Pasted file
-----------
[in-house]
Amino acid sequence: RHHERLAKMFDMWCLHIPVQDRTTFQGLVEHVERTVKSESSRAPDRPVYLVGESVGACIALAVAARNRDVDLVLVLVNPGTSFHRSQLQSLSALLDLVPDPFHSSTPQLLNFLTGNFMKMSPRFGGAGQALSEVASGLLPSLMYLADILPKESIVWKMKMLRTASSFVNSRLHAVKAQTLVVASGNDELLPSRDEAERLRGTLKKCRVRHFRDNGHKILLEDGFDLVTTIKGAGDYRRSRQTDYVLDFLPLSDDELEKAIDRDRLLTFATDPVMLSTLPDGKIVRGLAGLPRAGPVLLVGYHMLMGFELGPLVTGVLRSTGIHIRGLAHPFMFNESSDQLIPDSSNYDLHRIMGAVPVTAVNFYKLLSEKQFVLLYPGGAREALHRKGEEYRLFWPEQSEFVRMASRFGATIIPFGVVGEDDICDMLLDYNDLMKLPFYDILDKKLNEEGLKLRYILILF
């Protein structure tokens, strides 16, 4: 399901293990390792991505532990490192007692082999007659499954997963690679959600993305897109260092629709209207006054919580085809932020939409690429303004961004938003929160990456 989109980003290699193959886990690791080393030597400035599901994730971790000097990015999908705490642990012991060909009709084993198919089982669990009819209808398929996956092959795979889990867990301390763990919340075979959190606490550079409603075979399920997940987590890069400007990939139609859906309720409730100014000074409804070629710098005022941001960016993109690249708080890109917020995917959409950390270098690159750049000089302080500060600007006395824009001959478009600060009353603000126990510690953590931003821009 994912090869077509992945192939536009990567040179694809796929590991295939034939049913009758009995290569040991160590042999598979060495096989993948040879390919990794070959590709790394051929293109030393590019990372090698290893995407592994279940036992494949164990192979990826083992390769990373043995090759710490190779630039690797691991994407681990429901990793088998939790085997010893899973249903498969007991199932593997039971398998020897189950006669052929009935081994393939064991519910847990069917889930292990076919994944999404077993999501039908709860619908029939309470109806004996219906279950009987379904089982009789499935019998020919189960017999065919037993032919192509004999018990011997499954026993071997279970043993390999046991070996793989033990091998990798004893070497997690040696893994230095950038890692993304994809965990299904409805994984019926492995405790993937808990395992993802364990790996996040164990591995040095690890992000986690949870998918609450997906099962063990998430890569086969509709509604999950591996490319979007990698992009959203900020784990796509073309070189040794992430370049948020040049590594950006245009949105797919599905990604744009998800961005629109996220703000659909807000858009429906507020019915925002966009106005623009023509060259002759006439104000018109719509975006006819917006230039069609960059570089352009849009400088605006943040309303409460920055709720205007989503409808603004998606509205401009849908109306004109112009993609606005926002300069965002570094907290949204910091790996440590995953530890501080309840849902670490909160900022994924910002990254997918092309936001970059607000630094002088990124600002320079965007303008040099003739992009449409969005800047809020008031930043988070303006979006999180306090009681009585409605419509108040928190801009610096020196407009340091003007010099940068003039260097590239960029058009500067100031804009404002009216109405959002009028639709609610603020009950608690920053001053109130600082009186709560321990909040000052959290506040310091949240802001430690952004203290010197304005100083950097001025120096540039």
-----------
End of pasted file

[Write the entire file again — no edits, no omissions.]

[in-house]
Amino acid sequence: RHHERLAKMFDMWCLHIPVQDRTTFQGLVEHVERTVKSESSRAPDRPVYLVGESVGACIALAVAARNRDVDLVLVLVNPGTSFHRSQLQSLSALLDLVPDPFHSSTPQLLNFLTGNFMKMSPRFGGAGQALSEVASGLLPSLMYLADILPKESIVWKMKMLRTASSFVNSRLHAVKAQTLVVASGNDELLPSRDEAERLRGTLKKCRVRHFRDNGHKILLEDGFDLVTTIKGAGDYRRSRQTDYVLDFLPLSDDELEKAIDRDRLLTFATDPVMLSTLPDGKIVRGLAGLPRAGPVLLVGYHMLMGFELGPLVTGVLRSTGIHIRGLAHPFMFNESSDQLIPDSSNYDLHRIMGAVPVTAVNFYKLLSEKQFVLLYPGGAREALHRKGEEYRLFWPEQSEFVRMASRFGATIIPFGVVGEDDICDMLLDYNDLMKLPFYDILDKKLNEEGLKLRYILILF
């Protein structure tokens, strides 16, 4: 399901293990390792991505532990490192007692082999007659499954997963690679959600993305897109260092629709209207006054919580085809932020939409690429303004961004938003929160990456 989109980003290699193959886990690791080393030597400035599901994730971790000097990015999908705490642990012991060909009709084993198919089982669990009819209808398929996956092959795979889990867990301390763990919340075979959190606490550079409603075979399920997940987590890069400007990939139609859906309720409730100014000074409804070629710098005022941001960016993109690249708080890109917020995917959409950390270098690159750049000089302080500060600007006395824009001959478009600060009353603000126990510690953590931003821009 994912090869077509992945192939536009990567040179694809796929590991295939034939049913009758009995290569040991160590042999598979060495096989993948040879390919990794070959590709790394051929293109030393590019990372090698290893995407592994279940036992494949164990192979990826083992390769990373043995090759710490190779630039690797691991994407681990429901990793088998939790085997010893899973249903498969007991199932593997039971398998020897189950006669052929009935081994393939064991519910847990069917889930292990076919994944999404077993999501039908709860619908029939309470109806004996219906279950009987379904089982009789499935019998020919189960017999065919037993032919192509004999018990011997499954026993071997279970043993390999046991070996793989033990091998990798004893070497997690040696893994230095950038890692993304994809965990299904409805994984019926492995405790993937808990395992993802364990790996996040164990591995040095690890992000986690949870998918609450997906099962063990998430890569086969509709509604999950591996490319979007990698992009959203900020784990796509073309070189040794992430370049948020040049590594950006245009949105797919599905990604744009998800961005629109996220703000659909807000858009429906507020019915925002966009106005623009023509060259002759006439104000018109719509975006006819917006230039069609960059570089352009849009400088605006943040309303409460920055709720205007989503409808603004998606509205401009849908109306004109112009993609606005926002300069965002570094907290949204910091790996440590995953530890501080309840849902670490909160900022994924910002990254997918092309936001970059607000630094002088990124600002320079965007303008040099003739992009449409969005800047809020008031930043988070303006979006999180306090009681009585409605419509108040928190801009610096020196407009340091003007010099940068003039260097590239960029058009500067100031804009404002009216109405959002009028639709609610603020009950608690920053001053109130600082009186709560321990909040000052959290506040310091949240802001430690952004203290010197304005100083950097001025120096540039």